China begins 5G telecom trial runs to get head start: report

China has started conducting trials for 5G telecommunications equipment in about 100 cities


High-speed 5G networks can theoretically transmit data 20 times faster than current 4G speed, with less than one tenth of the latency, or the time for a data request to receive a reply. Photo: Mint
High-speed 5G networks can theoretically transmit data 20 times faster than current 4G speed, with less than one tenth of the latency, or the time for a data request to receive a reply. Photo: Mint

Beijing: China, the largest telecom market in the world in terms of subscribers, has started conducting trials for 5G telecommunications equipment in about 100 cities, as it aims to get a head start in the race to lead the next generation of cellular phone systems.

High-speed 5G networks can theoretically transmit data 20 times faster than current 4G speed, with less than one tenth of the latency, or the time for a data request to receive a reply. The 5G technologies being tested include massive multiple-antenna systems capable of handling more users and increased capacity to support greater mobile data usage, Hong Kong-based South China Morning Post quoted Bernstein Research report as saying.

With the world’s largest 4G market at 1.3 billion users at the end of 2015 it is on sufficient scale to “make or break” a new global 5G standard Bernstein’s senior analyst Chris Lane said.

Almost 30% of China’s 1.3 billion mobile phone users are on 4G networks, according to the ministry of industry and information technology (MIIT), which regulates the sector. High-speed 5G networks can achieve theoretical speeds at up to 20 gigabits per second, much faster than the current fourth generation speed of 1 Gbps.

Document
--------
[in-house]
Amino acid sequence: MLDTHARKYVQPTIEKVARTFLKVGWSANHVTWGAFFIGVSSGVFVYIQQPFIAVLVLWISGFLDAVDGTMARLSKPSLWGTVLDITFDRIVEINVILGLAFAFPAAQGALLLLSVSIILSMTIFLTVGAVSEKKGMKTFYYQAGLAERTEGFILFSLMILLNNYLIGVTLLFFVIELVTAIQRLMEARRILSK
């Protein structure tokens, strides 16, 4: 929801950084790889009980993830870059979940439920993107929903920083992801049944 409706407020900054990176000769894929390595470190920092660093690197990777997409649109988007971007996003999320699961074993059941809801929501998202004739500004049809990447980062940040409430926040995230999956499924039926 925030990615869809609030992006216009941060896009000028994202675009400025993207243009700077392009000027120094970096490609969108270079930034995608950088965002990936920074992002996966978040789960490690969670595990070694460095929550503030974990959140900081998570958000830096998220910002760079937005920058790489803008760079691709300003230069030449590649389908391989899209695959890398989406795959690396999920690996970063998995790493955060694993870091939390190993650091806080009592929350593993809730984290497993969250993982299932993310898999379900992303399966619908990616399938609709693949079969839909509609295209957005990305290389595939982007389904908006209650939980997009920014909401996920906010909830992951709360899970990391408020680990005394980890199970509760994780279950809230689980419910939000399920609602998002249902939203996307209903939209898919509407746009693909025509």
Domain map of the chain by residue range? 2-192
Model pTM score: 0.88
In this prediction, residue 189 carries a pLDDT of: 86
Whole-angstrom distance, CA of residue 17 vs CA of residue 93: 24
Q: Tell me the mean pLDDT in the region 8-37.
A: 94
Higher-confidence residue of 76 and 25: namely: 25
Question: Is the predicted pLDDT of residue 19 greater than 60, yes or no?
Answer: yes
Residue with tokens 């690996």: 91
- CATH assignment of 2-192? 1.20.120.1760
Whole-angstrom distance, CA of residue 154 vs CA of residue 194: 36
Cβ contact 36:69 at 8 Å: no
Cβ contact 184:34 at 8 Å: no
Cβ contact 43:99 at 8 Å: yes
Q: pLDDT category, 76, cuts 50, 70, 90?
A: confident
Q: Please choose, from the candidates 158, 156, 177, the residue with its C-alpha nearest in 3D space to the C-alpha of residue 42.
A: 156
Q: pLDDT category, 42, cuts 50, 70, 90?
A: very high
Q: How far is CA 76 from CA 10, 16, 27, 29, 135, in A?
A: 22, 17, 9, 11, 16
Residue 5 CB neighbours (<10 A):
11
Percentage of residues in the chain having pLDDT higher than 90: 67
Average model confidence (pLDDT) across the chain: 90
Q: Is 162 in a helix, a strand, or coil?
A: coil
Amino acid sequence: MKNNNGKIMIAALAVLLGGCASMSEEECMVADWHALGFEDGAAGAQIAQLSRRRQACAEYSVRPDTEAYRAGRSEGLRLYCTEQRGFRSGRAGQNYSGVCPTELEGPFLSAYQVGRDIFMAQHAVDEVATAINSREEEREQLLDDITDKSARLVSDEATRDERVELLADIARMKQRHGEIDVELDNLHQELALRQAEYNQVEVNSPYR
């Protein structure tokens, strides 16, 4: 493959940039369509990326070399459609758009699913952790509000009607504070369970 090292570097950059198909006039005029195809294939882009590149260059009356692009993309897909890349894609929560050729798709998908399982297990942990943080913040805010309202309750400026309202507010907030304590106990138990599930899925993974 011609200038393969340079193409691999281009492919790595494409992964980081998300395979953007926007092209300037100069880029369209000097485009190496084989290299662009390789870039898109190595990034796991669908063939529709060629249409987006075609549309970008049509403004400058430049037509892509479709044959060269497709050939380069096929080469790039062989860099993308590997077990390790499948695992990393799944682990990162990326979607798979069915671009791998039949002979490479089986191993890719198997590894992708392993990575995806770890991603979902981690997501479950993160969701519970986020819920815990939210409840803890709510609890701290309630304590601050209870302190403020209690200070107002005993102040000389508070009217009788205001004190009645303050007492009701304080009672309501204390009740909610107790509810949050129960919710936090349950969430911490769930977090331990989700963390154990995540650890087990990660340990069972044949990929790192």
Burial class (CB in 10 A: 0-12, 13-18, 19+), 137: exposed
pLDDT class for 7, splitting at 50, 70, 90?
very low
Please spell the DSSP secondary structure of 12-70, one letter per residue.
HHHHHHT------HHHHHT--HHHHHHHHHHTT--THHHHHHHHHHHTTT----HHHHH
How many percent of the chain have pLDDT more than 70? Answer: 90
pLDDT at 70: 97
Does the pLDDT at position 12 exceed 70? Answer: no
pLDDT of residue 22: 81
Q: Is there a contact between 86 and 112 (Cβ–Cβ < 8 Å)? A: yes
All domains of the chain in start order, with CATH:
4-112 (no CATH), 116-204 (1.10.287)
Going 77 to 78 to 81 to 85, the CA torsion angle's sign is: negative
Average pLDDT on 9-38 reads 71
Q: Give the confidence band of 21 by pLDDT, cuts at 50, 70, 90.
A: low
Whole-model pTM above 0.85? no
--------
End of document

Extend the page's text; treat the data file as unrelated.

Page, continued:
Latency, or the time required for a request for data to receive a reply when clicking an app, is envisioned to be one millisecond or less on 5G, compared with 10 millisecond on 4G. The International Telecommunications Union, part of the United Nations, expects network deployments to begin in 2020 soon after the standards are set for 5G, technically known as IMT-2020.

The consensus among global telecoms industry leaders is that a single standard—a unified set of industry benchmarks—would be enormously beneficial. “The cost of having different standards is high for the industry,” said Wang Zhiqin, director of the Institute of Communications Standards Research at the China Academy of Information & Communications Technology said during the InnoTech Expo in Hong Kong.

David Dai Shu, spokesman for Shenzhen-based telecommunications equipment maker ZTE, state-run China Mobile smartphone manufacturers is the largest in the world in terms of subscribers and revenue alone was planning “pre-5G trials in more than 100 cities across more than 20 provinces.”

The other two government owned firms, China Unicom and state-run China Telecom may also be undertaking some preparation, Dai said, adding that Unicom had signed a cooperation agreement with ZTE in August related to 5G research. China Mobile has said previously that it plans to roll out its 5G network service in 2020. PTI

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